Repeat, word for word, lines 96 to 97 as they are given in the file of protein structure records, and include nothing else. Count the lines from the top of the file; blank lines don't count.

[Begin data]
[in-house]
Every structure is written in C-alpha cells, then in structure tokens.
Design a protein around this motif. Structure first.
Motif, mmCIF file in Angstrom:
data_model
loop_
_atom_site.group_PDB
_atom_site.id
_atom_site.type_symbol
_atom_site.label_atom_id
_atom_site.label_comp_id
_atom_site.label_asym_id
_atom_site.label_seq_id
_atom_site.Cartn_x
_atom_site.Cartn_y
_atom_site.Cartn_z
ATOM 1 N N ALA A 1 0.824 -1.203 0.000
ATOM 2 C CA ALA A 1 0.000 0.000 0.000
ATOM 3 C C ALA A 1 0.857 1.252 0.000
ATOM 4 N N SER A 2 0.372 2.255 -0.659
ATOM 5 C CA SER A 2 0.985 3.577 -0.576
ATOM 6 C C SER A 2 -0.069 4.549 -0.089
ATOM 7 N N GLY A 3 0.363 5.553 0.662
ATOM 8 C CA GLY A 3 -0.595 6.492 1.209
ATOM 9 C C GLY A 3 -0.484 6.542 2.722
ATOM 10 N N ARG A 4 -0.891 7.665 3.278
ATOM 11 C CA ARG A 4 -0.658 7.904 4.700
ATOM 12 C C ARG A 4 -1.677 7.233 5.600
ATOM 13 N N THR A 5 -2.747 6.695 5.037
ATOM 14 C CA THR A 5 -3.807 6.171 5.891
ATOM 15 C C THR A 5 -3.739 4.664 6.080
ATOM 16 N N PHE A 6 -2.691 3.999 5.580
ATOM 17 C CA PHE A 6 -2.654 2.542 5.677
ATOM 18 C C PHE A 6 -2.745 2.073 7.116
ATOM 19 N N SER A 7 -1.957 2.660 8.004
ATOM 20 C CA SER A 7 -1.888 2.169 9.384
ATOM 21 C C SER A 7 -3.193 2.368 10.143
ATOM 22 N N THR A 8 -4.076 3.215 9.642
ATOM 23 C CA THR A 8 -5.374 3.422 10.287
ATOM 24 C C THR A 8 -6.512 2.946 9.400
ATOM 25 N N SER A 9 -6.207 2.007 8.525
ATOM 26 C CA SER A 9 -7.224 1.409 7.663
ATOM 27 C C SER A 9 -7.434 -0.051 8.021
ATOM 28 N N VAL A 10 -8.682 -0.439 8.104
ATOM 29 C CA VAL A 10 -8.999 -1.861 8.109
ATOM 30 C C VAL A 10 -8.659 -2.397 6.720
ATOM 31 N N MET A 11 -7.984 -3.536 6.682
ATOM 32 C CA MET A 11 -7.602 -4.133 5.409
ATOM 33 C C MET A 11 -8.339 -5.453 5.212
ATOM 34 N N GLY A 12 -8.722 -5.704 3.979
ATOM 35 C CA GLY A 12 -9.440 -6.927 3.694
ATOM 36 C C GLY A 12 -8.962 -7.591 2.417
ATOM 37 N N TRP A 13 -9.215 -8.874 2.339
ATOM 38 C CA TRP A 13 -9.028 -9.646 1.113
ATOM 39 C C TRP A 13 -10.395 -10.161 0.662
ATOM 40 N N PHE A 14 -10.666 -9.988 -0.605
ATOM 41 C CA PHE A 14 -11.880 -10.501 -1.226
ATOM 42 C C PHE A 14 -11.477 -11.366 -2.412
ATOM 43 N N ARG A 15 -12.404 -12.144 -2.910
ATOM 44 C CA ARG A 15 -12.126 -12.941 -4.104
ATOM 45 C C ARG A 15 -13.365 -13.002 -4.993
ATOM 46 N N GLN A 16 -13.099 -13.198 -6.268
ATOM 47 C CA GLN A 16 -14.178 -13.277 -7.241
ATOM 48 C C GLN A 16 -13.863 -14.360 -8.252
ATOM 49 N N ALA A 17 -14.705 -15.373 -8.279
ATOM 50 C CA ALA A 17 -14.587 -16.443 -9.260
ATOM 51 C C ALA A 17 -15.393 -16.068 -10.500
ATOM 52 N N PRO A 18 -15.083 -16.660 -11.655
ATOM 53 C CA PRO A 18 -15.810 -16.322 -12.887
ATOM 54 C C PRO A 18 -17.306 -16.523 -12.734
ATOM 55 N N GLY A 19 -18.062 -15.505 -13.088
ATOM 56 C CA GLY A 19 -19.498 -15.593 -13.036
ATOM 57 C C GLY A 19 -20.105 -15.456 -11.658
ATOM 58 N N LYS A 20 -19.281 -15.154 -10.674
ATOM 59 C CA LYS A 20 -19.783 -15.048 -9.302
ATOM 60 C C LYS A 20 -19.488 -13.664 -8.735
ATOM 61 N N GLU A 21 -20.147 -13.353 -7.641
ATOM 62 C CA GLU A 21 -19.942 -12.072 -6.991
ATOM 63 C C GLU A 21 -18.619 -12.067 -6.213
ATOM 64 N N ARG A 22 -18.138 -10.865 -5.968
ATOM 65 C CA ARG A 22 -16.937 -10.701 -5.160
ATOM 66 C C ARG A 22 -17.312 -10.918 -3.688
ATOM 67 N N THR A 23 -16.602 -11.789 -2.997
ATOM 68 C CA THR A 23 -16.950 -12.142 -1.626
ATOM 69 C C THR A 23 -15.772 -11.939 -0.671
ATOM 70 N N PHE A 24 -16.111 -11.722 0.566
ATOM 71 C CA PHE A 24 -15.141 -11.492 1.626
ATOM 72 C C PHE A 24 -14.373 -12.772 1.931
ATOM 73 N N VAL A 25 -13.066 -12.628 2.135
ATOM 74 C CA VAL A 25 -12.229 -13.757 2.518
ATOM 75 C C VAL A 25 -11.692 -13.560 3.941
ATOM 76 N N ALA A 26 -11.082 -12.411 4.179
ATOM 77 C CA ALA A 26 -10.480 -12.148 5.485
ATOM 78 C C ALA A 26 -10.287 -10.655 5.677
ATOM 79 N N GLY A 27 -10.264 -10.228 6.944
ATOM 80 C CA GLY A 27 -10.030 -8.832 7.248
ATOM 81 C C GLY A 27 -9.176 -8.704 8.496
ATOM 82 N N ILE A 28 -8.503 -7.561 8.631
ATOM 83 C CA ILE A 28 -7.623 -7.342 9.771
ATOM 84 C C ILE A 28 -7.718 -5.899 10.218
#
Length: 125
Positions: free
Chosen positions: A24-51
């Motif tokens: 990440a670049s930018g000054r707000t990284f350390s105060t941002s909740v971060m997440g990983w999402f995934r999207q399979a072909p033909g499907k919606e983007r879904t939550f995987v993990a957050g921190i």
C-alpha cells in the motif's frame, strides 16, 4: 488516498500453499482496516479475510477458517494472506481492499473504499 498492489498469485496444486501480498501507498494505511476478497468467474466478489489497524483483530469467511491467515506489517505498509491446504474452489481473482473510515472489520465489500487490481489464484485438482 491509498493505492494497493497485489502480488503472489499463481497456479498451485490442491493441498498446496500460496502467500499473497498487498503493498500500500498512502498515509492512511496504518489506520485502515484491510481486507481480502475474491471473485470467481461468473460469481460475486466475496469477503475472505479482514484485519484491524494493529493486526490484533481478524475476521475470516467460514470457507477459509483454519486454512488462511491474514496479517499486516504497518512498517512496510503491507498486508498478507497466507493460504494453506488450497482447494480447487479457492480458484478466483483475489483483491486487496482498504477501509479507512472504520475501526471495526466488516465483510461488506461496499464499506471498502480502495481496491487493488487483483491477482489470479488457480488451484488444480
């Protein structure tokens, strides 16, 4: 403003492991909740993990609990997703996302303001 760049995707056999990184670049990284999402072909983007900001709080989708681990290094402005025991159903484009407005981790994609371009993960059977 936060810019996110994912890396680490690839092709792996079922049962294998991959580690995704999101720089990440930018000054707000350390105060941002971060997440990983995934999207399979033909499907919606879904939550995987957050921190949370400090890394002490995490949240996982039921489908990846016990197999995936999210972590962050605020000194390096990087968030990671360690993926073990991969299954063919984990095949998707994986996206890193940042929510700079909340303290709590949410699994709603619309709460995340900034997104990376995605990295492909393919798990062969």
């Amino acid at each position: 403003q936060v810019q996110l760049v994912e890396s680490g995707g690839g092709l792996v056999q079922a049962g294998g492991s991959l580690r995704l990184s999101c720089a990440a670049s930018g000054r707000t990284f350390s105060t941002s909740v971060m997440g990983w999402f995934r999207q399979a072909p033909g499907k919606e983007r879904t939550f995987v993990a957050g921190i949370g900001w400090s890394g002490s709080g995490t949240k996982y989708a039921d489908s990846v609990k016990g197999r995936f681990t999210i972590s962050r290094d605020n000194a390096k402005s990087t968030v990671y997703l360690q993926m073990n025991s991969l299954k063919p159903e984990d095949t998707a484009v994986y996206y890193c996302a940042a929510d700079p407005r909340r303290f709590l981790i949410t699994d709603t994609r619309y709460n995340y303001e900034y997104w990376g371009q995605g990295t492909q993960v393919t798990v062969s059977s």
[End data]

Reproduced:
ATOM 80 C CA GLY A 27 -10.030 -8.832 7.248
ATOM 81 C C GLY A 27 -9.176 -8.704 8.496